FOCUS was featured in the Daily Camera, Boulder’s local paper, on Sunday February 17th. You can read the article on their website.
We’re very, very grateful to the Daily Camera for featuring us and show casing the success of all our mentors and mentees. However, Federal funding cuts mean that FOCUS is facing a $30,000 shortfall for the year. FOCUS will be going forward and will continue to support people who are looking to leave a life of incarceration behind but with your financial help, we will be able to maintain the level of support and services we offer now.
For more on the success of FOCUS, visit our Impact page. To become a financial supporter of FOCUS, and help make a brighter, safer future for Boulder County, go to our Donate page.
In the past five months FOCUS has gotten calls from five other jail projects: Michigan, Florida, Tennessee, South Africa and recently Vancouver, Washington which are interested in replicating the program . This is really exciting, although we aren’t quite in a position to do that yet. We need to have the results of our first professional assessment (which is underway) so that we have evidenced-based results to validate our innovative approach. However, we are sharing our ideas and written materials. We look to the near future to create a useable guide for sites that are interested in working with our approach.
At last night’s ongoing training for FOCUS mentors, we got a refresher course in the concept of motivational interviewing, but we also dove into the questions: What does being a mentor mean? What does a mentoring relationship look like?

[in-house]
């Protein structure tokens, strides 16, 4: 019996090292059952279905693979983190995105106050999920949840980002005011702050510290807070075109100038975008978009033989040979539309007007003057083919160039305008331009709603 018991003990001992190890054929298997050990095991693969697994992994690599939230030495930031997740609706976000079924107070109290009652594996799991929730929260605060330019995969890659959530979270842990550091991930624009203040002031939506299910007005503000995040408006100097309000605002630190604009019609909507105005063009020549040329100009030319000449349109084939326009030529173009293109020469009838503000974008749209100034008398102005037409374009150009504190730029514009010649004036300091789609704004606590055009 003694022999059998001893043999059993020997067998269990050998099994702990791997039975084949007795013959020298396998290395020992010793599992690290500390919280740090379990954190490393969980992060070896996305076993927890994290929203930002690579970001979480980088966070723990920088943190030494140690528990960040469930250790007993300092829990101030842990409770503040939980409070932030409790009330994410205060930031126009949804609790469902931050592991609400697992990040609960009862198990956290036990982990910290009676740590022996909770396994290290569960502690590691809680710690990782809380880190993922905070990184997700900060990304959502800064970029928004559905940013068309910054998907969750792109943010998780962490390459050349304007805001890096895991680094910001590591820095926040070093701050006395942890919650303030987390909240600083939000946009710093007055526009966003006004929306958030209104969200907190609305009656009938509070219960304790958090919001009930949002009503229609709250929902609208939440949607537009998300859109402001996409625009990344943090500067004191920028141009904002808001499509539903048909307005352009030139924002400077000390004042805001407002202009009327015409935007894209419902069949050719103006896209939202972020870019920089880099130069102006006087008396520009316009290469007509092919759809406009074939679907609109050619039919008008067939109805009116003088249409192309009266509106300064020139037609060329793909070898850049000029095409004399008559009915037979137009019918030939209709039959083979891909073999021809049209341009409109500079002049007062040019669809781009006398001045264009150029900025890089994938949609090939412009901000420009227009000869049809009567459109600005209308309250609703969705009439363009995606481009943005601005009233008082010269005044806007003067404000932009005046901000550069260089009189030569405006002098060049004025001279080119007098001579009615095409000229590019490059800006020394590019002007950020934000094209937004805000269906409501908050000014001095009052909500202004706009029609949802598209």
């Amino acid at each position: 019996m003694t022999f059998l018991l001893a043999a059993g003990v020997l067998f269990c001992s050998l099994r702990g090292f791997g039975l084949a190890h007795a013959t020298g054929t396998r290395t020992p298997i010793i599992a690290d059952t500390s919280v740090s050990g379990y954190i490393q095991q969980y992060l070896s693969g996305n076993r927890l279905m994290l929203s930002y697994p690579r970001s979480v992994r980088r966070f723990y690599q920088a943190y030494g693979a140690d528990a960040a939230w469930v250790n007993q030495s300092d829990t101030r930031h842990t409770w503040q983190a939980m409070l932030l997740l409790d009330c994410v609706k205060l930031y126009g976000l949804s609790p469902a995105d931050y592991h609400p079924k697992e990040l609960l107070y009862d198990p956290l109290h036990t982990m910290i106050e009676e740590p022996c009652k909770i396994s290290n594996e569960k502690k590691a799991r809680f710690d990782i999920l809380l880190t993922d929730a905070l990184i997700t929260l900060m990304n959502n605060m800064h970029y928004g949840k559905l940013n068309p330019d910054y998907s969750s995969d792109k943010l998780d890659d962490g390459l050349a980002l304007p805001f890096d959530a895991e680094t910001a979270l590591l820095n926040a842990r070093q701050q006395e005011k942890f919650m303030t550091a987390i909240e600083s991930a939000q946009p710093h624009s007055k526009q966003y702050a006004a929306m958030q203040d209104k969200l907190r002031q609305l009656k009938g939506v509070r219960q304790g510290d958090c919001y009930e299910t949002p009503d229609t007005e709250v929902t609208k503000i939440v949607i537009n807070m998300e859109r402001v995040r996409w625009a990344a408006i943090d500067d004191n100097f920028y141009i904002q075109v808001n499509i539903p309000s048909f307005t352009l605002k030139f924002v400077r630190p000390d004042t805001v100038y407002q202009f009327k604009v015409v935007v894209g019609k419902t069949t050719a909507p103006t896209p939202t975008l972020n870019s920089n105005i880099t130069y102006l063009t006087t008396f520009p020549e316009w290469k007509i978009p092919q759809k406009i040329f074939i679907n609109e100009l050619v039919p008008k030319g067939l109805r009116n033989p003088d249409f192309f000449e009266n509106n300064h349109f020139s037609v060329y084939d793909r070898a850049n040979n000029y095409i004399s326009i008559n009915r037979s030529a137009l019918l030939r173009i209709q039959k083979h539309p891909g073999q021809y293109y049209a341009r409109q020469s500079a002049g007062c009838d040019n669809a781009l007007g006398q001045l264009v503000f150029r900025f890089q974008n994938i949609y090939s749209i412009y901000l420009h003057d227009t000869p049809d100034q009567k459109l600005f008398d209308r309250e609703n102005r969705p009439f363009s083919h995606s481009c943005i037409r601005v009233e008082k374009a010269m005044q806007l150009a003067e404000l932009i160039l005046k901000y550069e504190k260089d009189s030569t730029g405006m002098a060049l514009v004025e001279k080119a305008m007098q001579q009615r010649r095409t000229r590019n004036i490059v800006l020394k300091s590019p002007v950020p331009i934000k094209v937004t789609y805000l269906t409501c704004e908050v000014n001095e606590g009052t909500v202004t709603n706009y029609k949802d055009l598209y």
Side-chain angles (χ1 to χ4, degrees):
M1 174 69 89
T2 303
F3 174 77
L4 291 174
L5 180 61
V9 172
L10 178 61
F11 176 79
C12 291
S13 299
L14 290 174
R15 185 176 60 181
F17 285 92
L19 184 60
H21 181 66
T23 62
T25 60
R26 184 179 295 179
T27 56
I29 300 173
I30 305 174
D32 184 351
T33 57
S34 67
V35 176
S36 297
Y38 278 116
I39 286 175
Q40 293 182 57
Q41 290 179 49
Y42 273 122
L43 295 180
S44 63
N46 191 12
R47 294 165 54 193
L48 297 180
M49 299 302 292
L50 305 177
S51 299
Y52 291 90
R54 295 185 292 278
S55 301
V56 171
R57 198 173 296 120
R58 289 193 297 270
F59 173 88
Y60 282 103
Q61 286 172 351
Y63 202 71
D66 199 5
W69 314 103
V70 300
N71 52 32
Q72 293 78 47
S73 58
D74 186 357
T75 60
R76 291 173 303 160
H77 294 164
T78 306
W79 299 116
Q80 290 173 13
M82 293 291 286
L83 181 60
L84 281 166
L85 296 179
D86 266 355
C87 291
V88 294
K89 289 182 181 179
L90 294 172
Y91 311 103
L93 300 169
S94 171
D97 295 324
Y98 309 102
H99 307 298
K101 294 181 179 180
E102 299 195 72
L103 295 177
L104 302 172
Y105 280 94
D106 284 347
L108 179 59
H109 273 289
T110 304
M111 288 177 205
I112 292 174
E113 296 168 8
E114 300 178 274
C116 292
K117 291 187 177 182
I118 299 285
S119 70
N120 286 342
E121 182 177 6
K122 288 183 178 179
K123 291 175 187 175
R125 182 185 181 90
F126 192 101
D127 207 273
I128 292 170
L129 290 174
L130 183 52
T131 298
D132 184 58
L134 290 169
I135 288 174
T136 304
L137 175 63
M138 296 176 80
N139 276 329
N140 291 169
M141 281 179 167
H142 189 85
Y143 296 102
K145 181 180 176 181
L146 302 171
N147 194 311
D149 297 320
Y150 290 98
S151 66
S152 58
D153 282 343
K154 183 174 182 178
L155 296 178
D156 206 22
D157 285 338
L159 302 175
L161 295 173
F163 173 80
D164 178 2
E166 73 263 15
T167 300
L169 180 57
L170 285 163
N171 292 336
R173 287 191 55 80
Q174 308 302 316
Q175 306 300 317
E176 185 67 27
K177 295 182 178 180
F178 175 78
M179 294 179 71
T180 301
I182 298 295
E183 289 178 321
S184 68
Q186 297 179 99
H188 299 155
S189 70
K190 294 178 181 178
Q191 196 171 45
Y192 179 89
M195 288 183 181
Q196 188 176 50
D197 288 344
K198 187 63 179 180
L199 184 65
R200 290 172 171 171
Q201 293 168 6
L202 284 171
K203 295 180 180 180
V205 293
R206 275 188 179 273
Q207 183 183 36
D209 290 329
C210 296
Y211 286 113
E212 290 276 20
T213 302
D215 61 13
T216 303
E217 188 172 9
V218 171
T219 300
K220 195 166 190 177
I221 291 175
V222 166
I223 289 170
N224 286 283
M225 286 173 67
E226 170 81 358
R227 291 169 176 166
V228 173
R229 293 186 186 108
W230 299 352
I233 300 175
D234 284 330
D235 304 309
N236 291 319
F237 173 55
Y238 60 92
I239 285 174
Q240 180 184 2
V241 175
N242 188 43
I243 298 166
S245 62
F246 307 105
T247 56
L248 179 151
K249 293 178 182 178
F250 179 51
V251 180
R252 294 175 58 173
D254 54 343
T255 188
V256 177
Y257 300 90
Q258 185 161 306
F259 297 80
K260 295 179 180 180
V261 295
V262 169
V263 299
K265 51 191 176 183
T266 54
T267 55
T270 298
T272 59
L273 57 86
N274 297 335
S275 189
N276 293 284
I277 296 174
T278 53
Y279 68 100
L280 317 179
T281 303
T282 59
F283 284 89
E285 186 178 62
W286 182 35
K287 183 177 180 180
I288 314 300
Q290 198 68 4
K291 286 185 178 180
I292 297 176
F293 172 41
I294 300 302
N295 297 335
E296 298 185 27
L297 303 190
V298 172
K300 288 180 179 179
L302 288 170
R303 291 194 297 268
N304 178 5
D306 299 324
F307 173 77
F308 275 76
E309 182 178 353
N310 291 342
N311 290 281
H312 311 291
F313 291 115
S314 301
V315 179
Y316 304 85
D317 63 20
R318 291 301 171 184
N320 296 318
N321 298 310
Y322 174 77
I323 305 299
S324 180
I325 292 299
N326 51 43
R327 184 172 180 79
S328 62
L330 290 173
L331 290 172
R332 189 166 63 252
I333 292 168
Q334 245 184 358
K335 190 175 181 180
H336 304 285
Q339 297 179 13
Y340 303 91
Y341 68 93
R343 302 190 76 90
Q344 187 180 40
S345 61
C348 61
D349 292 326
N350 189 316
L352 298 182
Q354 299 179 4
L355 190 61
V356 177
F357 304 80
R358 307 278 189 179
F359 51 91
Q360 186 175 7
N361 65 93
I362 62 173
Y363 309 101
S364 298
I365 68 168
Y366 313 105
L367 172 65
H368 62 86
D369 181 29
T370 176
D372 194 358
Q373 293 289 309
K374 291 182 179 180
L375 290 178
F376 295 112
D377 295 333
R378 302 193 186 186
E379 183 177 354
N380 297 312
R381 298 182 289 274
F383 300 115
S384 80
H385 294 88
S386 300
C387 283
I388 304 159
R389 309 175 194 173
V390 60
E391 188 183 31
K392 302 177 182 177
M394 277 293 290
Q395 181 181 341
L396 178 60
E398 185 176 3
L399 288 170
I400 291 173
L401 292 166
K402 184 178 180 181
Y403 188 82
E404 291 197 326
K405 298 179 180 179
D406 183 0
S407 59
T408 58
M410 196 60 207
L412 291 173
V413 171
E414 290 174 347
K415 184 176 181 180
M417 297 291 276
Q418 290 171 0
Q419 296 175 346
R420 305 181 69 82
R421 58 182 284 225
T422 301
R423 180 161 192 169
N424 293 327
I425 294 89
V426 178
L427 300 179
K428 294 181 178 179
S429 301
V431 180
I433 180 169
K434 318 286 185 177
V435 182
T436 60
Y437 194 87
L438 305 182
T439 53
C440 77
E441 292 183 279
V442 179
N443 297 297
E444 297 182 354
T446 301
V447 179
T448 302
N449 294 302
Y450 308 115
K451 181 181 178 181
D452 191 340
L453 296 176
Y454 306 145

We all agreed that mentoring is a unique relationship. For ex-offenders, mentors are a totally new type of relationship that’s somewhere between a corrections officer and a friend. FOCUS mentors particularly exploit the fact that they aren’tpart of the system and can play a unique role of being a supportive person in someone’s life. For this reason we refer to the ex-offenders in our program as “mentees” rather than “clients”. The relationship is meant to be a dynamic one, where the mentee’s own solutions and reasons for change are centered.
This unique role can cause tensions as well. Mentees can be unsure of who this person is, coming into jail, trying to talk about their life. Should they trust them? Why are they here?
Success in mentoring relationships doesn’t just happen, it has to grow. Last night our mentors discussed some qualities of a mentor that allow these relationships to flourish:
- Safe and non-judgmental
- Open, allows room for mentee’s own answers
- Respectful of the mentee as an autonomous person
- Smiles and communicates warmth genuinely
- Stays positive, while accepting low-points in a person’s life
- Has empathy. This doesn’t mean they excuse or approve of the mentee’s behavior, but they let go of their judgments and sees the mentee’s perspective
- Creative and flexible
- Reliable, consistent, and dedicated: often very different from the normal relationships an ex-offender encounters, and can be a great way to model life skills
All of these qualities allow the mentor to build rapport with and gain the trust of their mentee, as they enter into this unique relationship. As our trainer said last night, this has to be the soil from which a relationship grows. Additional tools and techniques can be employed, but these qualities have to be the foundation.
This is why we don’t require our volunteer mentor’s to have counseling experience, instead we value individuals with unique backgrounds who are willing to share their creativity and passion with the program and their mentees.